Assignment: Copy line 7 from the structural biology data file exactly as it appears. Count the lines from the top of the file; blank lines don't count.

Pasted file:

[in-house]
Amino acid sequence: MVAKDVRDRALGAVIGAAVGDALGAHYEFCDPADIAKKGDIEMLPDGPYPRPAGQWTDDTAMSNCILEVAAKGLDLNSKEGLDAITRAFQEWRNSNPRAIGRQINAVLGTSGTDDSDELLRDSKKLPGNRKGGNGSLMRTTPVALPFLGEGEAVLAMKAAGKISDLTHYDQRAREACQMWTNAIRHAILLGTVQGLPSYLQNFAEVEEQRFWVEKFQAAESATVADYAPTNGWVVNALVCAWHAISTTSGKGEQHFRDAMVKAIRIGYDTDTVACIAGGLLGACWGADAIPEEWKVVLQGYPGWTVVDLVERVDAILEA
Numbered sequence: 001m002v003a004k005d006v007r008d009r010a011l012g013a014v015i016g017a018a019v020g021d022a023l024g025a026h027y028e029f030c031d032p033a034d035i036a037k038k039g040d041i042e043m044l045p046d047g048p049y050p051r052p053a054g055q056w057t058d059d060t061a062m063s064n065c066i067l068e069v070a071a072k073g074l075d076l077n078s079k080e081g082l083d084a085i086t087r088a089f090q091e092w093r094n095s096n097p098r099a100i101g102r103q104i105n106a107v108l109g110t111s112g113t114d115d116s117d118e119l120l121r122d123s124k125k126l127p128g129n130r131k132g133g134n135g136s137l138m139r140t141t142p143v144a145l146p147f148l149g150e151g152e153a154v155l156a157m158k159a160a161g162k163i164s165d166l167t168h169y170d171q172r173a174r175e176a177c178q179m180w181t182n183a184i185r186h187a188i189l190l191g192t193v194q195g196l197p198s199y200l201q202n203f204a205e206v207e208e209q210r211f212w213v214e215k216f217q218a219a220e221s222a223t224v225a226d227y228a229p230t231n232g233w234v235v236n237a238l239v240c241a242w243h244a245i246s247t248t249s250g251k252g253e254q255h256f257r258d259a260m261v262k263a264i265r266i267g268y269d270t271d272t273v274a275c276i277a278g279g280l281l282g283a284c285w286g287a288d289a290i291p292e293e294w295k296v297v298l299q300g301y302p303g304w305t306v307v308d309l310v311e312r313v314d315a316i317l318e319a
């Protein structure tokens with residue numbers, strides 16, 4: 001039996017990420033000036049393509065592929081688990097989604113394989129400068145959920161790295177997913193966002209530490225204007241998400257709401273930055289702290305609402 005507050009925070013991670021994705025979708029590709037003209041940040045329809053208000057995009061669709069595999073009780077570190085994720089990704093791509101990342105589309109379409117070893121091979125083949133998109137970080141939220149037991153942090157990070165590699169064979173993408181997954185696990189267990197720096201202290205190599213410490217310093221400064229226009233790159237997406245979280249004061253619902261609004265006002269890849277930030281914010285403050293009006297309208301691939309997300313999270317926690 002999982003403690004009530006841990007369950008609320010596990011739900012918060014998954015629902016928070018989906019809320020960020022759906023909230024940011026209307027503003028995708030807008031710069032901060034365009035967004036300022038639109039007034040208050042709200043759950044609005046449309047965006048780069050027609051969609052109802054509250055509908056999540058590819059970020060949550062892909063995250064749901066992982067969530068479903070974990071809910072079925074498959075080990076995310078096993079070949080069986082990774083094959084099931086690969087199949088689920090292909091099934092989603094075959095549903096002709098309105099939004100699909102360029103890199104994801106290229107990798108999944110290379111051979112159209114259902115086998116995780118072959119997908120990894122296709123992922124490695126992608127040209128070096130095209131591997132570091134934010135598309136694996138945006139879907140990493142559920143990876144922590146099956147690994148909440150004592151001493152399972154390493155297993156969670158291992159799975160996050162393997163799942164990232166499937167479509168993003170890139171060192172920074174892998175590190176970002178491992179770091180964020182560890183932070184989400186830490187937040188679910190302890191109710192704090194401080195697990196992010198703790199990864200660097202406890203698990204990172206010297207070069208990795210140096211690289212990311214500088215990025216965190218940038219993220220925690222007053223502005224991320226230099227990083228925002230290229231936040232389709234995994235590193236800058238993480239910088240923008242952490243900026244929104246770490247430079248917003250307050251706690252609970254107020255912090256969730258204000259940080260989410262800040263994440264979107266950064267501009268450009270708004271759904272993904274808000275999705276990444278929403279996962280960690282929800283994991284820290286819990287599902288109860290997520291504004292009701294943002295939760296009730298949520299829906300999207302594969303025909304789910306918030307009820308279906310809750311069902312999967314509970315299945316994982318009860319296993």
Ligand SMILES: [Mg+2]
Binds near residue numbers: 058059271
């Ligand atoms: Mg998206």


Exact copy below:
């Ligand atoms: Mg998206």